There I was, in a hotel room. I faced a huge decision that, at the time, seemed so casual. Several guys stood in front of me, others reclined on the bed, and the room was lit by the bathroom light peeking through. Dance music played, and the pipe was in front of me. If I didn’t take a hit, I’d have to leave, which I didn’t want to do because one of the hundreds of guys I had a crush on was there. I looked at him and the pipe and within a split second I was smoking crystal meth.
The day turned into the night, and the night into the morning. People arrived and left the hotel room throughout that period, but I remained a constant. I was having sex and no one cared that I was HIV positive. They all embraced me and encouraged me to do more. I did it. I had been missing this moment my entire life. Imagine that scene from Rent, during La Vie Boheme where Mimi and Roger sing to each other about having baggage. It was the moment they disclosed being positive to each other. I guess that’s a little what it felt like. I wanted to feel this powerful, and this was where I was—in the darkness with a bathroom light hitting me ever so slightly.
I had to make a decision to leave because I was scheduled to work that night. It was probably a good idea that I’d leave and get some rest before. I walked out into the morning and the birds were chirping, the city starting to wake up. I smoked a cigarette and headed to the train.
In 2012, I was still working at Therapy Bar, a popular gay bar in Hell’s Kitchen. I was oddly excited to talk to my coworker that evening about what I had done the night before. When I started telling him, he kind of looked nervous, but still giggled with me. I knew he would understand what I had done. I just got that vibe from him. He told me to be careful with my using so it doesn’t become a regular thing. I had no plans on doing it all of the time. It’d be a recreational habit.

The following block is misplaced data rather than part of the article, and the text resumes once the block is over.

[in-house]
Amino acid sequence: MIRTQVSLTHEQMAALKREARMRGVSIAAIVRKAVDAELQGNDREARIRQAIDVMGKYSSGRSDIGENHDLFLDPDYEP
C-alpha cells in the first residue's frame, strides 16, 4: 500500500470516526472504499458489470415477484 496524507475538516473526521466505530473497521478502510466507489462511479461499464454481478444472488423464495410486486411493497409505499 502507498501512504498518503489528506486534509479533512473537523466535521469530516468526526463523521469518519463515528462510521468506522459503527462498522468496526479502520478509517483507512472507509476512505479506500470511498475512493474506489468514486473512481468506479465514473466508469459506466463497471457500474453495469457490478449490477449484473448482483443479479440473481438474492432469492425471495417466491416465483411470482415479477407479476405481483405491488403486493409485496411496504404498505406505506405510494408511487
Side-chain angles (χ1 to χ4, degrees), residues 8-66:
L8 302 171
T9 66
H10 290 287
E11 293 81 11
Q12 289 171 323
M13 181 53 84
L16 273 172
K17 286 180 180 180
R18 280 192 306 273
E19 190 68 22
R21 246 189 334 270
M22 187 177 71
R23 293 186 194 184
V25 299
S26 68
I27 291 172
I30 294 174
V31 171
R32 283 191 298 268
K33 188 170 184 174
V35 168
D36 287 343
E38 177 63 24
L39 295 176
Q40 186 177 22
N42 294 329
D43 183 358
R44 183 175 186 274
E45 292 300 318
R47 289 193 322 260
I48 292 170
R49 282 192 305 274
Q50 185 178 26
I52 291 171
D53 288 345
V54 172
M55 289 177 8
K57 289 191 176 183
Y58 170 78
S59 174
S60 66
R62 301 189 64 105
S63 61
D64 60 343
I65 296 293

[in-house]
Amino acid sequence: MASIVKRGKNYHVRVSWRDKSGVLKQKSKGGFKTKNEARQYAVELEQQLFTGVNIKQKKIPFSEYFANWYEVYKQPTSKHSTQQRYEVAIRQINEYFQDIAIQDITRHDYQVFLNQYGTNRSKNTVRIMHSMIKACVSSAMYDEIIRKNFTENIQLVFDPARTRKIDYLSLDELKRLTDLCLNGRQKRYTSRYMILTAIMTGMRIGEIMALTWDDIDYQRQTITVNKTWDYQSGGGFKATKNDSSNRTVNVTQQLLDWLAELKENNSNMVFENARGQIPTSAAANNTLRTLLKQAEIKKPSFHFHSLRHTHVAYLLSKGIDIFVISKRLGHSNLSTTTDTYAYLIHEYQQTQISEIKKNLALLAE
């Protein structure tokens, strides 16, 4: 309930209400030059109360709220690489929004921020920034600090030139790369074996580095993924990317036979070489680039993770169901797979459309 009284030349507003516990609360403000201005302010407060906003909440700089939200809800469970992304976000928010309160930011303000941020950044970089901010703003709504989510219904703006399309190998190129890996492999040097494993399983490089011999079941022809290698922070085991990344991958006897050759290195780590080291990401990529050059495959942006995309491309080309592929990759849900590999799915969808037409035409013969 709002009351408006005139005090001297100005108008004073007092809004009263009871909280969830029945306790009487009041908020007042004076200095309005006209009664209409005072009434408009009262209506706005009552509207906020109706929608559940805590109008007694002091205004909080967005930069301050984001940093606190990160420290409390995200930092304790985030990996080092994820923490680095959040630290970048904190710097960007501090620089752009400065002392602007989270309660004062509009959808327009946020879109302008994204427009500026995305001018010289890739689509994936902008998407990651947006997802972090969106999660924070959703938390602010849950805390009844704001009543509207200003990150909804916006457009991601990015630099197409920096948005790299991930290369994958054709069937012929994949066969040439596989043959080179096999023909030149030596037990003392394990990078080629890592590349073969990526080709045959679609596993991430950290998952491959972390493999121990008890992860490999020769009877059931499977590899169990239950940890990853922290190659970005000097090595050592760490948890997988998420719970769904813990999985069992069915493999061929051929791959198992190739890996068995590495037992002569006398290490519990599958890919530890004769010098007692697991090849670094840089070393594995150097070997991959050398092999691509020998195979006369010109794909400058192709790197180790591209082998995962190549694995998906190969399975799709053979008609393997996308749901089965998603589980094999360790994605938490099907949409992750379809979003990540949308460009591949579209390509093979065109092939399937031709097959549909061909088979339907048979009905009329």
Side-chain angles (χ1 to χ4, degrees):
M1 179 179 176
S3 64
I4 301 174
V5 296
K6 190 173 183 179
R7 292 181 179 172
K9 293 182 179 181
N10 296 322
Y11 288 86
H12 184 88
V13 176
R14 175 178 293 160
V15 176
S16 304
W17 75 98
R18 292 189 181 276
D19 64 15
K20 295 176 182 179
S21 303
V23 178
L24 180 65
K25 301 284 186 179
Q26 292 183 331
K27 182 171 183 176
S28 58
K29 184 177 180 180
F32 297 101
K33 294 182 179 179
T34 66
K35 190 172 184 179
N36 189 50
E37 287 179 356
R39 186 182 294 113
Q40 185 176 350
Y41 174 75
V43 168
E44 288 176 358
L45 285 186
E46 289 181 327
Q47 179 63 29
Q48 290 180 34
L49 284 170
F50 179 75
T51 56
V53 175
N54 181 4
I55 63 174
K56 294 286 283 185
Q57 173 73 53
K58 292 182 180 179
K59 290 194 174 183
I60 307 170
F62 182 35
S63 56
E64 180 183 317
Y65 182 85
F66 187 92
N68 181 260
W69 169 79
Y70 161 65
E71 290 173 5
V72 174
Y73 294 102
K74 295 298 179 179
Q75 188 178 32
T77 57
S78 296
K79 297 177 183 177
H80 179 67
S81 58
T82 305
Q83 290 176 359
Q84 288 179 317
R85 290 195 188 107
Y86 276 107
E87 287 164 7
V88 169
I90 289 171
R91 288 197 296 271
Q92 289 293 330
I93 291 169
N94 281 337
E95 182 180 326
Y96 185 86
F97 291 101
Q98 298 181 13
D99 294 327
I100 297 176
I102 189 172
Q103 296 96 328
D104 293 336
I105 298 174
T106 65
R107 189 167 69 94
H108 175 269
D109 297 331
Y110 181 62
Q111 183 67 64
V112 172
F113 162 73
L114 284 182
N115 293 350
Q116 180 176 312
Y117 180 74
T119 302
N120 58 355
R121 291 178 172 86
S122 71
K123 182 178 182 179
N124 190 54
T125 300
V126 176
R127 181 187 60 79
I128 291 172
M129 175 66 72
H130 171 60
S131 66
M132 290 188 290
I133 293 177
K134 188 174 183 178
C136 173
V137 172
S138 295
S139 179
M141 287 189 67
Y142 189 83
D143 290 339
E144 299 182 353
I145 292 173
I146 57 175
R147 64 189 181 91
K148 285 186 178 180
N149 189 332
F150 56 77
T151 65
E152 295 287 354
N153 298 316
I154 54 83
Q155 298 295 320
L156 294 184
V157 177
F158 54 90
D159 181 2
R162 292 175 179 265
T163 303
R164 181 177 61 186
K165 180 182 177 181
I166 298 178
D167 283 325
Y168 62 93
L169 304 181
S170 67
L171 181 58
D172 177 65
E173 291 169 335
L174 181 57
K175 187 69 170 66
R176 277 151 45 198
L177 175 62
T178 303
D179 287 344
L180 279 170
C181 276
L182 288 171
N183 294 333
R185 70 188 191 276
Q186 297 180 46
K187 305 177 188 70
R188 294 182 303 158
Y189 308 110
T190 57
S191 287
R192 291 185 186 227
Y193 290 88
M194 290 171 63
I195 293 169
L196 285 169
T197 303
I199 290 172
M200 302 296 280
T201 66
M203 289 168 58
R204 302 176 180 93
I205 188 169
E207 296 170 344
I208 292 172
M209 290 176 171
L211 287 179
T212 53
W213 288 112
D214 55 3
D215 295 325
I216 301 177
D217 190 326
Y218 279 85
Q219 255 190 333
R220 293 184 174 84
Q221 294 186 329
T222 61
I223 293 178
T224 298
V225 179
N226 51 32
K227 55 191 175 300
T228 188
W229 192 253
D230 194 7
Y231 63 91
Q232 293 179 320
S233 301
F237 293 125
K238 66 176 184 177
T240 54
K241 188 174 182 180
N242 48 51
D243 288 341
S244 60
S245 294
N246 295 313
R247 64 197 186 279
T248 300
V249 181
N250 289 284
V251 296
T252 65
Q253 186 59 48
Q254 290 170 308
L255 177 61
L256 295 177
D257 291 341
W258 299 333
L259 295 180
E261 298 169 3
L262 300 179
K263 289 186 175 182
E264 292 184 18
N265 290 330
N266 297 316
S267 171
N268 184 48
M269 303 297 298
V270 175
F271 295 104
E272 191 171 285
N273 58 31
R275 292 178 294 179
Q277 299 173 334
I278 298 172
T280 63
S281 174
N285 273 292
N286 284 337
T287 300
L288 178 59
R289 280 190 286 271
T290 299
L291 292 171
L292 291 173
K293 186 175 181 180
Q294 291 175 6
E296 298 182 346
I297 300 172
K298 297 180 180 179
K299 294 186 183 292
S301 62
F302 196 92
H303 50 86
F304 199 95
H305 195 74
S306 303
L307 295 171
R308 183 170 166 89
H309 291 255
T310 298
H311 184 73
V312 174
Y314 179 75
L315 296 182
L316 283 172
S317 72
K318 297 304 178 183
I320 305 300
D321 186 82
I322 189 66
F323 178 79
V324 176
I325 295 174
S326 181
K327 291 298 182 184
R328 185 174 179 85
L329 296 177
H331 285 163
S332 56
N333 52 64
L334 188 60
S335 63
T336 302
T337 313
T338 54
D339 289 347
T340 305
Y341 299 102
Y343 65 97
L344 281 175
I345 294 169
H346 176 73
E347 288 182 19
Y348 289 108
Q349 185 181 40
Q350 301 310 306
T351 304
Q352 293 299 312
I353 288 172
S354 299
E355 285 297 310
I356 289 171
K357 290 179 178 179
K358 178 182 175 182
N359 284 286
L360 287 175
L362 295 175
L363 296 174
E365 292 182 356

I was twenty-three years old and thought I was beginning to find my footing. I ended up finding myself obliterated. When I wasn’t using drugs, I would drink. I don’t know how a human being can consume that much alcohol and live to tell about it. But I found that I didn’t like being drunk as much anymore—because I had discovered there was something better. I sought out that same dark place. It was the place where I felt I belonged as an outcast because “normal” people could never understand me. They didn’t have the problems that I had. They didn’t know how tough it was to be HIV positive.
I was becoming overwhelmed with so many feelings, and rage started building up in me. I was going to explode or burst if I didn’t do something different to change my and the patterns I was getting into. I needed an escape and just as I was about to pick up the pipe once again like I had a few others times, I was invited to go to Reno again for the Nutcracker, and this time I was going alone.